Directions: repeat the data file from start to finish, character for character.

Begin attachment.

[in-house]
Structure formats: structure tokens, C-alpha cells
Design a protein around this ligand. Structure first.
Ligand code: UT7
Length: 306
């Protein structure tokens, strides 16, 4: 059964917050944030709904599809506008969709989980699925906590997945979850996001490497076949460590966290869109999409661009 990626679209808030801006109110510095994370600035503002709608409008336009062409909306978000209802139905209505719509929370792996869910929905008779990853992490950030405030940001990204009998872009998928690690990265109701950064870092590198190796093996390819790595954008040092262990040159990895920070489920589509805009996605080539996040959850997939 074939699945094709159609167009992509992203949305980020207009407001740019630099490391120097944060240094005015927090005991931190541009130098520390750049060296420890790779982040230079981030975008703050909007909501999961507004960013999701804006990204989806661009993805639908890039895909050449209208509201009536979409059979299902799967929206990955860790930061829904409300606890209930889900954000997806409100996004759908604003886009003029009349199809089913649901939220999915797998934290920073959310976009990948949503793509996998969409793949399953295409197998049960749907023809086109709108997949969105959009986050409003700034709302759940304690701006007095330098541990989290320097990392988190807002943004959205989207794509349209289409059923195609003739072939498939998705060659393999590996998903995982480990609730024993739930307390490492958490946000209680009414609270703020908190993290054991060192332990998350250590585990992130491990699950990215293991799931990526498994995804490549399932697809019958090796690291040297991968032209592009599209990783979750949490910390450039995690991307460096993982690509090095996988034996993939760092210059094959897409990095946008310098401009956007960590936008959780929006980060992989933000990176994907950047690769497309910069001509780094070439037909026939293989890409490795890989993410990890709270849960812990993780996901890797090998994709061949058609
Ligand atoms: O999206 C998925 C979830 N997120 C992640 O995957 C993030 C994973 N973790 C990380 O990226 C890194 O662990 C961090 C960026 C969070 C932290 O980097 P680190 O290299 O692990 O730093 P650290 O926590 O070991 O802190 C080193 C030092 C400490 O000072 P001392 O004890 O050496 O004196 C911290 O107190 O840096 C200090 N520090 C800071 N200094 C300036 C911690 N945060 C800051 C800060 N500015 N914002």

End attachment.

[in-house]
Structure formats: structure tokens, C-alpha cells
Design a protein around this ligand. Structure first.
Ligand code: UT7
Length: 306
């Protein structure tokens, strides 16, 4: 059964917050944030709904599809506008969709989980699925906590997945979850996001490497076949460590966290869109999409661009 990626679209808030801006109110510095994370600035503002709608409008336009062409909306978000209802139905209505719509929370792996869910929905008779990853992490950030405030940001990204009998872009998928690690990265109701950064870092590198190796093996390819790595954008040092262990040159990895920070489920589509805009996605080539996040959850997939 074939699945094709159609167009992509992203949305980020207009407001740019630099490391120097944060240094005015927090005991931190541009130098520390750049060296420890790779982040230079981030975008703050909007909501999961507004960013999701804006990204989806661009993805639908890039895909050449209208509201009536979409059979299902799967929206990955860790930061829904409300606890209930889900954000997806409100996004759908604003886009003029009349199809089913649901939220999915797998934290920073959310976009990948949503793509996998969409793949399953295409197998049960749907023809086109709108997949969105959009986050409003700034709302759940304690701006007095330098541990989290320097990392988190807002943004959205989207794509349209289409059923195609003739072939498939998705060659393999590996998903995982480990609730024993739930307390490492958490946000209680009414609270703020908190993290054991060192332990998350250590585990992130491990699950990215293991799931990526498994995804490549399932697809019958090796690291040297991968032209592009599209990783979750949490910390450039995690991307460096993982690509090095996988034996993939760092210059094959897409990095946008310098401009956007960590936008959780929006980060992989933000990176994907950047690769497309910069001509780094070439037909026939293989890409490795890989993410990890709270849960812990993780996901890797090998994709061949058609
Ligand atoms: O999206 C998925 C979830 N997120 C992640 O995957 C993030 C994973 N973790 C990380 O990226 C890194 O662990 C961090 C960026 C969070 C932290 O980097 P680190 O290299 O692990 O730093 P650290 O926590 O070991 O802190 C080193 C030092 C400490 O000072 P001392 O004890 O050496 O004196 C911290 O107190 O840096 C200090 N520090 C800071 N200094 C300036 C911690 N945060 C800051 C800060 N500015 N914002």